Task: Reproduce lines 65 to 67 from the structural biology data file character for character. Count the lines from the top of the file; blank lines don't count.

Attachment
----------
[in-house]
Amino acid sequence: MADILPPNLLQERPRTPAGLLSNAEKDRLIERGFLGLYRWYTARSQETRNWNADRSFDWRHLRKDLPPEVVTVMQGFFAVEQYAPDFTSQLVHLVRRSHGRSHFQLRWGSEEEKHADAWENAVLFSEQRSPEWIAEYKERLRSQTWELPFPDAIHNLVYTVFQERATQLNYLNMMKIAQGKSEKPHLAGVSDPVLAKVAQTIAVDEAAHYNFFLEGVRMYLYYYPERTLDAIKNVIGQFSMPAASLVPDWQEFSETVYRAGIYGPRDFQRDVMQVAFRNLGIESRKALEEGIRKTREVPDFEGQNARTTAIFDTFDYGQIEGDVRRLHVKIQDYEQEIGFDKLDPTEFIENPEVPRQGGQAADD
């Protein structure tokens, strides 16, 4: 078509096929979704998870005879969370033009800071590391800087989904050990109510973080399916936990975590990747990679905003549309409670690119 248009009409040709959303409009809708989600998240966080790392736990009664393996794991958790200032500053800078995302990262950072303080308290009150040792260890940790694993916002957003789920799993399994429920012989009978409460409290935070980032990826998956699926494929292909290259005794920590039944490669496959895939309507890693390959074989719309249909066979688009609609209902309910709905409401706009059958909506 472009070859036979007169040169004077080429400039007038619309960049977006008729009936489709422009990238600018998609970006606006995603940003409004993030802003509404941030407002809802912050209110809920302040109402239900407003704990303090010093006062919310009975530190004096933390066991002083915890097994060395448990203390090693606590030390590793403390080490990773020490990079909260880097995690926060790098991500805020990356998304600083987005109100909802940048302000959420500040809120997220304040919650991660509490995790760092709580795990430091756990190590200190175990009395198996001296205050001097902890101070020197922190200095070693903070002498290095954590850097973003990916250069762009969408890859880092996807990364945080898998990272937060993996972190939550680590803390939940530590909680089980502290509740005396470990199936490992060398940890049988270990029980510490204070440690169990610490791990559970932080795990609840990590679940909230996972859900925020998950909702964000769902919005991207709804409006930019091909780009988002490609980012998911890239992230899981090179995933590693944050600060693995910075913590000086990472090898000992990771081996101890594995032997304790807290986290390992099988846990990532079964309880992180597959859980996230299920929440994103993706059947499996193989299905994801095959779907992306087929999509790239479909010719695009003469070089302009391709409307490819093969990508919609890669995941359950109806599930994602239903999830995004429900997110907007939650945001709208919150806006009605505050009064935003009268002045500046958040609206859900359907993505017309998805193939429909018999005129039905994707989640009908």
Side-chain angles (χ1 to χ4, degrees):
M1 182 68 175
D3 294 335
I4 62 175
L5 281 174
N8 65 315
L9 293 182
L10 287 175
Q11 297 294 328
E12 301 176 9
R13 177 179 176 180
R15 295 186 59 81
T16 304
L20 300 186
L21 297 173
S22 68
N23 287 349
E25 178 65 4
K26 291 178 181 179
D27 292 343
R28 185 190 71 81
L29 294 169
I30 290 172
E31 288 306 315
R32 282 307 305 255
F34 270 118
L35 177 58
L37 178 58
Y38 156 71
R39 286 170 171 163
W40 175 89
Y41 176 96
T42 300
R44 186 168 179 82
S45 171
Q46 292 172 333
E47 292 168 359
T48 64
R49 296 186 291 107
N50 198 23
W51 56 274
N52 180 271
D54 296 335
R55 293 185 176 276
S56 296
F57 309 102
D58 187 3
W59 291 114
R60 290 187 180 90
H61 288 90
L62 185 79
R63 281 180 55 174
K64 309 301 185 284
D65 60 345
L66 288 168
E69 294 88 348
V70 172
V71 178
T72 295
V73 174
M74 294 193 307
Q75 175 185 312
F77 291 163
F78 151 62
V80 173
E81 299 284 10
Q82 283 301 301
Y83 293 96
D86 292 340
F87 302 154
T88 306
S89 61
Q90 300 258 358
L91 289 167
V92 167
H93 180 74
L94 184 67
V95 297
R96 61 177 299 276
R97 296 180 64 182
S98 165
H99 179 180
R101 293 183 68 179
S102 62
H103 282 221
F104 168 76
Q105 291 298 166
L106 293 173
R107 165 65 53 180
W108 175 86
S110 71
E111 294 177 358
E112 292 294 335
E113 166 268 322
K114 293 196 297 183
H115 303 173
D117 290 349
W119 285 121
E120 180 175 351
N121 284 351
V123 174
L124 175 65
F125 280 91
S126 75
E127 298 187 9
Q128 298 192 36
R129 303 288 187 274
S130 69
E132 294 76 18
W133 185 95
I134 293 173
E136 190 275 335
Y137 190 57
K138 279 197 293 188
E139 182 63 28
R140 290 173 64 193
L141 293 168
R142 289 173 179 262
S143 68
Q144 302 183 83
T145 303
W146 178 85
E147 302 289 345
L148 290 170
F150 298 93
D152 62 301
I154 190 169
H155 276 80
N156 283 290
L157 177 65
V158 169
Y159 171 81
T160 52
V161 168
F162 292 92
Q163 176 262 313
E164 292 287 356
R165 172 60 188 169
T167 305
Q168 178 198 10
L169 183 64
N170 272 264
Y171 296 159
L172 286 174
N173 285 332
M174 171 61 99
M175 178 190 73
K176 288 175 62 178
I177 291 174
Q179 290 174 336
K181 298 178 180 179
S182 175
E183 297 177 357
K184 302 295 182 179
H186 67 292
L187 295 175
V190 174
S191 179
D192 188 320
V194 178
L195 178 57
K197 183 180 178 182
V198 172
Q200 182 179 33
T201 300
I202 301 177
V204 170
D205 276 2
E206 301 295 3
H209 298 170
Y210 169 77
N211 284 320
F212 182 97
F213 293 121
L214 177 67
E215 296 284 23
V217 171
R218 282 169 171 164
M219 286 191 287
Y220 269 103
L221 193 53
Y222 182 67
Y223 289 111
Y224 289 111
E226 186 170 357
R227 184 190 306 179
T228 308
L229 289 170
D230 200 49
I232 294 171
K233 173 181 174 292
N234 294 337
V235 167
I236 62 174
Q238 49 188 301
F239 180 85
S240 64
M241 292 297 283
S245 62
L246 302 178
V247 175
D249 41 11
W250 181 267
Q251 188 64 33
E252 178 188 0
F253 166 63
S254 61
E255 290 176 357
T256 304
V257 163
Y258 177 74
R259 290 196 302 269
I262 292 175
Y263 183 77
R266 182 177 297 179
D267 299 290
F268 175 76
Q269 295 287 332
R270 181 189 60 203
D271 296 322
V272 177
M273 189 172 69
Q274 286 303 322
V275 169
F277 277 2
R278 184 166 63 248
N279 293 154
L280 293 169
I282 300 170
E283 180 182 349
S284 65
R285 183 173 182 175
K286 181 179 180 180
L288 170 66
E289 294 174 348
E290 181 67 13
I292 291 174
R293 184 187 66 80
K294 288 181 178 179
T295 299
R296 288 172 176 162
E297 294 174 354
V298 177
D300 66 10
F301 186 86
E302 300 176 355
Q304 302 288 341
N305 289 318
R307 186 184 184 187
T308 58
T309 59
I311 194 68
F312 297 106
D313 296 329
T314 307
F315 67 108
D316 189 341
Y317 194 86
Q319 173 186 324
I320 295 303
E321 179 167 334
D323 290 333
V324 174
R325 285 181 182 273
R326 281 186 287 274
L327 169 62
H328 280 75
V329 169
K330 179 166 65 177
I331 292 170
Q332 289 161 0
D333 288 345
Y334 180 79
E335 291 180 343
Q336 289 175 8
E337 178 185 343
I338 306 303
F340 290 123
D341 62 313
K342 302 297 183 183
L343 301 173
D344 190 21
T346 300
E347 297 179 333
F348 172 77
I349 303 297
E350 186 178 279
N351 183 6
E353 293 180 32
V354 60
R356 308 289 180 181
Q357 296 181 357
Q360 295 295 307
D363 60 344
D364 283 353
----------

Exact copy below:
Q75 175 185 312
F77 291 163
F78 151 62